Web crawlers identify themselves to a web server by using the User-agent field in an HTTP request, and each crawler has their own unique identifier. Most of the time you will need to examine your web server referrer logs to view web crawler traffic.
ii. Index, Catalog or Database
Search engine indexing is the process of a search engine collecting, parses and stores data for use by the search engine. The actual search engine index is the place where all the data the search engine has collected is stored. It is the search engine index that provides the results for search queries, and pages that are stored within the search engine index that appear on the search engine results page. Without a search engine index, the search engine would take considerable amounts of time and effort each time a search query was initiated, as the search engine would have to search not only every web page or piece of data that has to do with the particular keyword used in the search query, but every other piece of information it has access to, to ensure that it is not missing something that has something to do with the particular keyword. Search engine spiders, also called search engine crawlers, are how the search engine index gets its information, as well as keeping it up to date and free of spam.
iii. Search Engine software
Search engine software is a program to traverse through index to find [age with matching keyword, phrase or any other form of input provided by user. Search engines provide an interface to a group of items that enables users to specify criteria about an item of interest and have the engine find the matching items. The criteria are referred to as a search query.
Types of Search Engine
There are basically three types of search engines: Those that are powered by robots (called crawlers; ants or spiders) and those that are powered by human submissions; and those that are a hybrid of the two.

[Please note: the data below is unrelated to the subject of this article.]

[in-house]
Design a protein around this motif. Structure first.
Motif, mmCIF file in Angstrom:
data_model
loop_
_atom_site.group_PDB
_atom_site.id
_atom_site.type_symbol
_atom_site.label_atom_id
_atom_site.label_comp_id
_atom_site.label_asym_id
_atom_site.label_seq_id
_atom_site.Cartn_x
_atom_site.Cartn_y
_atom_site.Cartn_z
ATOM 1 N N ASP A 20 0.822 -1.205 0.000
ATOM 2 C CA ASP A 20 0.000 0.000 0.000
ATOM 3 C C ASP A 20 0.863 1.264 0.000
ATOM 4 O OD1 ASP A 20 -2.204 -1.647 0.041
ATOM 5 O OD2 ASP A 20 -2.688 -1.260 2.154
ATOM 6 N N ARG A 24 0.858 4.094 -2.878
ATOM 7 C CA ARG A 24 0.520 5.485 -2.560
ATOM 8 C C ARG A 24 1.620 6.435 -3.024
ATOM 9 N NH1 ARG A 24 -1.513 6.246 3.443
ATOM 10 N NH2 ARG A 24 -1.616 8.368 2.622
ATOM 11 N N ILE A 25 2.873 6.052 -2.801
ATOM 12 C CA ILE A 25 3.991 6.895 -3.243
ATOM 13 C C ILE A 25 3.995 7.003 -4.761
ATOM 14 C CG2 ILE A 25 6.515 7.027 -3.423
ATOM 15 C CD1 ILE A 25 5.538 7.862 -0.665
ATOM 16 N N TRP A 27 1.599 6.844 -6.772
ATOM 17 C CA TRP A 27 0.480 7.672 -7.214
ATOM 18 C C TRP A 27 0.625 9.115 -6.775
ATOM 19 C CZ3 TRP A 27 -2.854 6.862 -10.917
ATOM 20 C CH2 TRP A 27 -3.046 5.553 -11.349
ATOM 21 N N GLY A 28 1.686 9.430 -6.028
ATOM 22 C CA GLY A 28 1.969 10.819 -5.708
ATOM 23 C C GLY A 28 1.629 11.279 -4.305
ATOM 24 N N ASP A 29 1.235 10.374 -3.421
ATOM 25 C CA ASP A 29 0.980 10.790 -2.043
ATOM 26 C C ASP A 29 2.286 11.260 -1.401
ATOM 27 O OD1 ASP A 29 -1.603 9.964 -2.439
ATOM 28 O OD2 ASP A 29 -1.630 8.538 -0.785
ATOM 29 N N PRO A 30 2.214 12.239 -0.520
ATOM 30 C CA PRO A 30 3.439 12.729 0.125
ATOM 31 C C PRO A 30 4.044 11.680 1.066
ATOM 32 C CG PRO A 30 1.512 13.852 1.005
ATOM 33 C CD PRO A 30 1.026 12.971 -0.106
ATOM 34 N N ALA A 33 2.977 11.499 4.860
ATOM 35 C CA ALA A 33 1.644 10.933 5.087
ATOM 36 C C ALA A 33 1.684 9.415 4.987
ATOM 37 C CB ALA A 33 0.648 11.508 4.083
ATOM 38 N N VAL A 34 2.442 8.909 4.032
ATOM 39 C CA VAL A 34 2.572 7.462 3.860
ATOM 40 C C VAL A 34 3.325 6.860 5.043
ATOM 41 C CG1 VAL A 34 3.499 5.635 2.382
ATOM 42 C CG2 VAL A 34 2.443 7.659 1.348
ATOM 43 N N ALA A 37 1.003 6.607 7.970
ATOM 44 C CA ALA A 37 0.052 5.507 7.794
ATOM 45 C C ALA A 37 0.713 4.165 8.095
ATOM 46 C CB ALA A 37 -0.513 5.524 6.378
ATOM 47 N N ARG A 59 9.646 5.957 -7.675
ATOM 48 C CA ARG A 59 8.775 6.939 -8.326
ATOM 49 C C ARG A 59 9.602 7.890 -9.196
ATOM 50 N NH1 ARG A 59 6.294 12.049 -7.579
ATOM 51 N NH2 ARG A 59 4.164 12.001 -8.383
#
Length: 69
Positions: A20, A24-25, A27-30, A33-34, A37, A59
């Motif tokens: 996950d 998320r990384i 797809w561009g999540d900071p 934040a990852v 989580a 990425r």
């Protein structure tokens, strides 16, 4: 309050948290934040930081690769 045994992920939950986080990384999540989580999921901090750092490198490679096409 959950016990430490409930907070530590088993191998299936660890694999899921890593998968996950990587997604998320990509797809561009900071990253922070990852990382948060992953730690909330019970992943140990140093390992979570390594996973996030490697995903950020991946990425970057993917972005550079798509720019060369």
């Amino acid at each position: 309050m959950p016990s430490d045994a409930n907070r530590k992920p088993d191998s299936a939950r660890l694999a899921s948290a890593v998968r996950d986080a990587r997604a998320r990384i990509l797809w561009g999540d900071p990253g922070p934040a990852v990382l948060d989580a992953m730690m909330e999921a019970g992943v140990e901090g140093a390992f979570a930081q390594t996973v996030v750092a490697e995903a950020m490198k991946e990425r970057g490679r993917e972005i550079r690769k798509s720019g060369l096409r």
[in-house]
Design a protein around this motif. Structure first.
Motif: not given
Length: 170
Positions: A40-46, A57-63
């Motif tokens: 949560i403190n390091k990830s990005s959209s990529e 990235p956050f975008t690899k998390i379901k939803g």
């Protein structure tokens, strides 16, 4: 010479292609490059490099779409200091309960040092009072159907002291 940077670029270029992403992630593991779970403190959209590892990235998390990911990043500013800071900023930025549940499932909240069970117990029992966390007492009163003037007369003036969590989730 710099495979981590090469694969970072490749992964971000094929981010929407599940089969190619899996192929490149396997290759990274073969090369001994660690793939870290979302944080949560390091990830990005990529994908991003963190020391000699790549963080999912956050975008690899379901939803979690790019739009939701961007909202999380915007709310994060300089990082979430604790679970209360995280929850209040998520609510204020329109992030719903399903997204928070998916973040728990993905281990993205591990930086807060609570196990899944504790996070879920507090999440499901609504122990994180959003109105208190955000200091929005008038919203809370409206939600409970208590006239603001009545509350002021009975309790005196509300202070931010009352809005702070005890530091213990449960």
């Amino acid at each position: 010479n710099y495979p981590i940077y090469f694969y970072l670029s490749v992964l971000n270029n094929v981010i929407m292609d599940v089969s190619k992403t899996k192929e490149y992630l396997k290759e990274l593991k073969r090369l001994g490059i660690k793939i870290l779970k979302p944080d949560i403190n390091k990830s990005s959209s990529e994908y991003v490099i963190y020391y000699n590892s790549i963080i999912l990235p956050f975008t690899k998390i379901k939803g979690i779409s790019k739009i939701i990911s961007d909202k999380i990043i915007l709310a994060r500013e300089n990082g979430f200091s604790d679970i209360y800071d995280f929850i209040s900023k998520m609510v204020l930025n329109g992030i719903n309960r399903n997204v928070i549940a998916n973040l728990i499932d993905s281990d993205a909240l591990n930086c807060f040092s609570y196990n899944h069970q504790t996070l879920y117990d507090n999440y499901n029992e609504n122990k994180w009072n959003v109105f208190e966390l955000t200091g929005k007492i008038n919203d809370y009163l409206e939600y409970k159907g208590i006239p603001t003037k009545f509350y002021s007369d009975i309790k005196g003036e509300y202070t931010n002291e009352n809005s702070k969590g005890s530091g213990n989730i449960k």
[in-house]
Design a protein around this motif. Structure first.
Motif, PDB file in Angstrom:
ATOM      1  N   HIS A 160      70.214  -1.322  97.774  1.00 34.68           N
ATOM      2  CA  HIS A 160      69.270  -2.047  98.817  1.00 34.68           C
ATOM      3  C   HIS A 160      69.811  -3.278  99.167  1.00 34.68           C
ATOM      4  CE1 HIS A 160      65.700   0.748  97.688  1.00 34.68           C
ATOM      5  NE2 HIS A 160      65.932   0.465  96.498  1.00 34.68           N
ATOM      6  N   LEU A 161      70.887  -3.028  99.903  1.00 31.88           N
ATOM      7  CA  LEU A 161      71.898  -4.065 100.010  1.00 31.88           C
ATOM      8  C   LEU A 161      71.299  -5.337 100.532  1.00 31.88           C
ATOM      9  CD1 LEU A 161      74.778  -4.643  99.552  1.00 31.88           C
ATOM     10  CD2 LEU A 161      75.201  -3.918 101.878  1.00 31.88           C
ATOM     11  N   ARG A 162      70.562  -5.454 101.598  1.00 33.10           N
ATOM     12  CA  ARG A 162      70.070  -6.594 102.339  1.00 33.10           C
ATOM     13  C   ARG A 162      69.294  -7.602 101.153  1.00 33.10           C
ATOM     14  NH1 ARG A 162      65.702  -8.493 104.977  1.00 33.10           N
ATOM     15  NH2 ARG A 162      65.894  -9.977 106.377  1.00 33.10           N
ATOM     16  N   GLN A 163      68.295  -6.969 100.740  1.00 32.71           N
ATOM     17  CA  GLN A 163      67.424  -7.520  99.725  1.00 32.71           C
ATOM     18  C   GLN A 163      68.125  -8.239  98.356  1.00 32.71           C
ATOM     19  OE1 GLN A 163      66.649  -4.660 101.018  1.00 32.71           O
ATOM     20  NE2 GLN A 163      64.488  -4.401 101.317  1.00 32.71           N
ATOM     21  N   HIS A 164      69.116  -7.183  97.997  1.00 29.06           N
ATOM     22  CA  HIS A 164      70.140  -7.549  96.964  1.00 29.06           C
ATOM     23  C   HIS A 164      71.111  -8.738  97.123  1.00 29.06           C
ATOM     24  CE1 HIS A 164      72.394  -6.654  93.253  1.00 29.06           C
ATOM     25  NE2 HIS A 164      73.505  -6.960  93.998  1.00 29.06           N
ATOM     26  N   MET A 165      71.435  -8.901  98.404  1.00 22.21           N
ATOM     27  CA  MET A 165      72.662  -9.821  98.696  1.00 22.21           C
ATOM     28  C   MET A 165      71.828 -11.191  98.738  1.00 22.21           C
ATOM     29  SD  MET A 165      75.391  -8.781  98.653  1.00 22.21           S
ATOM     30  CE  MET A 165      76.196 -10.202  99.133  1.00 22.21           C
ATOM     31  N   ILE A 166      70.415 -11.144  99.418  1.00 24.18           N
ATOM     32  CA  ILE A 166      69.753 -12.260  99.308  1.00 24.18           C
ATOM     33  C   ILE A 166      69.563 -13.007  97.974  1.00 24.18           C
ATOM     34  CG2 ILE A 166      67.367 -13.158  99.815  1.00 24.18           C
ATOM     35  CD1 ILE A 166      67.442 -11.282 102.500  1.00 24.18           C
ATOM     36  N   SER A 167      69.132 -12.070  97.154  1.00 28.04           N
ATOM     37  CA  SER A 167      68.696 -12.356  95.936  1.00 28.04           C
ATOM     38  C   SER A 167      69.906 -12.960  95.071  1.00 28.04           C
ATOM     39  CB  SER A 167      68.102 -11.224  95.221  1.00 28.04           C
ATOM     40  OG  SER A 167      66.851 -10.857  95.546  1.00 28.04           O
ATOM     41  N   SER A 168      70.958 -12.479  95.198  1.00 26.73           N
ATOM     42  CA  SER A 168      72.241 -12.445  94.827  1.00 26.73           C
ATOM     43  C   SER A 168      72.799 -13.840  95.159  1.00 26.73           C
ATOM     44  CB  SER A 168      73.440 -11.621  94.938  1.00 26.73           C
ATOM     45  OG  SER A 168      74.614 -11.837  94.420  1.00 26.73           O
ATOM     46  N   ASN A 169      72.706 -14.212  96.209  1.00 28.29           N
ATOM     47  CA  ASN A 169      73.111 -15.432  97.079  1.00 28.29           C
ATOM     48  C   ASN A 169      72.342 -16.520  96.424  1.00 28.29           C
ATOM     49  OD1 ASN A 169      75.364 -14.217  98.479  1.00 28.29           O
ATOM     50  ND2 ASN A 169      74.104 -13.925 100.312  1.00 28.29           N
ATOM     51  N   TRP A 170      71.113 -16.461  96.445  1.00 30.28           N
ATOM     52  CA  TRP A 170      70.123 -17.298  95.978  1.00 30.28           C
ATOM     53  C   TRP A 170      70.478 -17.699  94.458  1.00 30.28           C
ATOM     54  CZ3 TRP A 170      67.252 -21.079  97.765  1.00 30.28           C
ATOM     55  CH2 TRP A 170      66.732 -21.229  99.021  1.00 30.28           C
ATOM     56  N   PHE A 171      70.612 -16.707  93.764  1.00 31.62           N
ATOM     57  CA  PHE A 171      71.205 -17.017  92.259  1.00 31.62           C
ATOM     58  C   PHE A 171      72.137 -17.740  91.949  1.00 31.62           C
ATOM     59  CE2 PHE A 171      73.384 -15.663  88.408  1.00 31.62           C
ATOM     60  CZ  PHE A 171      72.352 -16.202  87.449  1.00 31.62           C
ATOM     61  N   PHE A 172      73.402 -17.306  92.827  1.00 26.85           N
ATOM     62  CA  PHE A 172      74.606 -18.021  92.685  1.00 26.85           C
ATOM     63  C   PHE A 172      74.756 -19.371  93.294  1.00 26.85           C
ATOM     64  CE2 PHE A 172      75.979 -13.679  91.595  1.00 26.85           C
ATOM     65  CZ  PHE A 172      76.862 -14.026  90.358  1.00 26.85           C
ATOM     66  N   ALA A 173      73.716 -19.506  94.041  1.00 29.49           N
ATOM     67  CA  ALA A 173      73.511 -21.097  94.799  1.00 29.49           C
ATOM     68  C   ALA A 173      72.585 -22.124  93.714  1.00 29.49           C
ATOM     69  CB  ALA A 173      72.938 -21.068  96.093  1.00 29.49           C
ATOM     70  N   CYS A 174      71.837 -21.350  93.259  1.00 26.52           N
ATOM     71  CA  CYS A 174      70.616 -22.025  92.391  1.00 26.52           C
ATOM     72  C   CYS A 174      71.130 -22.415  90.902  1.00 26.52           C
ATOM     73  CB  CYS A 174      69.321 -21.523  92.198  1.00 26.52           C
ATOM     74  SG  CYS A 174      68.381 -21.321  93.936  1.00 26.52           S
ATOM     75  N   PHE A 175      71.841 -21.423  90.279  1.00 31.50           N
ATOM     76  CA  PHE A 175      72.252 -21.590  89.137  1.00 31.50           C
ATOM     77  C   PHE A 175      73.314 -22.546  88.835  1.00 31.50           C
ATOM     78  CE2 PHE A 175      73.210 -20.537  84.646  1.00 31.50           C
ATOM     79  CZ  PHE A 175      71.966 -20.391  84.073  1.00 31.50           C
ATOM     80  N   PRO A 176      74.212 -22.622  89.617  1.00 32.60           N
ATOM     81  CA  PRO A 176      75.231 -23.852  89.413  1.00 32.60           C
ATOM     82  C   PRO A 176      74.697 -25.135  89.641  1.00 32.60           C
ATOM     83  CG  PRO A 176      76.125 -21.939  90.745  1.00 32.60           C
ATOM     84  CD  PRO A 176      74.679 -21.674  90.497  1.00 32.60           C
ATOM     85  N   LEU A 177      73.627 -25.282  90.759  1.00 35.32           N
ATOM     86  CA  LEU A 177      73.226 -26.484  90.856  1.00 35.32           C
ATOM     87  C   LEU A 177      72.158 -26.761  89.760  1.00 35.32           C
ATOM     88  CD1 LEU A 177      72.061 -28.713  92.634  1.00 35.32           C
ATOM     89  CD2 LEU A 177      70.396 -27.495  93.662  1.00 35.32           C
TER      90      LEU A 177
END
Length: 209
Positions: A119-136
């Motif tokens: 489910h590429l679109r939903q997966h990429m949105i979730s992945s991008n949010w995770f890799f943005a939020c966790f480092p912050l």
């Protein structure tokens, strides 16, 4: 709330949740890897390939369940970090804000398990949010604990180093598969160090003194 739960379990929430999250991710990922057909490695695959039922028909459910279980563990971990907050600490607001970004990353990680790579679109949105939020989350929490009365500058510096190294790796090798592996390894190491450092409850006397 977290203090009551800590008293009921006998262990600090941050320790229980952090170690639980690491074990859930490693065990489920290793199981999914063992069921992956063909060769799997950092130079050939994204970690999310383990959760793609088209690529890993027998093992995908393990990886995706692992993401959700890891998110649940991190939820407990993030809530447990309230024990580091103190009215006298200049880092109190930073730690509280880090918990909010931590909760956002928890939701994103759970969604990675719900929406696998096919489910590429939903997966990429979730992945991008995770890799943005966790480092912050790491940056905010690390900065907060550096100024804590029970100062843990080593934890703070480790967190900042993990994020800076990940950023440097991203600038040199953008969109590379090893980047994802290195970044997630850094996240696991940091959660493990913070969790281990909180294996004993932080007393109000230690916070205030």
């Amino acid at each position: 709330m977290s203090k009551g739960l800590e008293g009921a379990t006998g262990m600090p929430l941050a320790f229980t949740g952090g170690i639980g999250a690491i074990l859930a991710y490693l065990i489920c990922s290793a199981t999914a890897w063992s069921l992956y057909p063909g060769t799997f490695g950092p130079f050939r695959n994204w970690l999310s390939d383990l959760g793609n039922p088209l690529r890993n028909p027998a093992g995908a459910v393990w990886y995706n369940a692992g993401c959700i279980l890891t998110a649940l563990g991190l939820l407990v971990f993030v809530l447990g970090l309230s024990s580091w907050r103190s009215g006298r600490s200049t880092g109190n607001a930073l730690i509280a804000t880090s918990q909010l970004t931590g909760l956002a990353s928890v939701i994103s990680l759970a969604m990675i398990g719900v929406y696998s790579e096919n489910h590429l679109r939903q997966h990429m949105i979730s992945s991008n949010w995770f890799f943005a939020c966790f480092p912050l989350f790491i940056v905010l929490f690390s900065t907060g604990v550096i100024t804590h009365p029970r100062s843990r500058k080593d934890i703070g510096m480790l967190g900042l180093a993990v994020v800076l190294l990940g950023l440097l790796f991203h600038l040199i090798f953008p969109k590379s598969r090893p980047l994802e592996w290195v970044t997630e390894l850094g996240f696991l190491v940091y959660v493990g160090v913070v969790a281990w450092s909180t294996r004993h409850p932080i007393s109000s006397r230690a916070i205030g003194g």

i. Crawler Based Search Engine
Crawler-based search engines are those that use automated software agents (called crawlers) that visit a Web site, read the information on the actual site, read the site’s meta tags and also follow the links that the site connects to performing indexing on all linked Web sites as well. The crawler returns all that information back to a central depository, where the data is indexed. The crawler will periodically return to the sites to check for any information that has changed. The frequency with which this happens is determined by the administrators of the search engine.
There are four basic steps, every crawler based search engines follow before displaying any sites in the search results.
- Calculating Relevancy
Search engine compares the search string in the search request with the indexed pages from the database. Since it is likely that more than one page contains the search string, search engine starts calculating the relevancy of each of the pages in its index with the search string.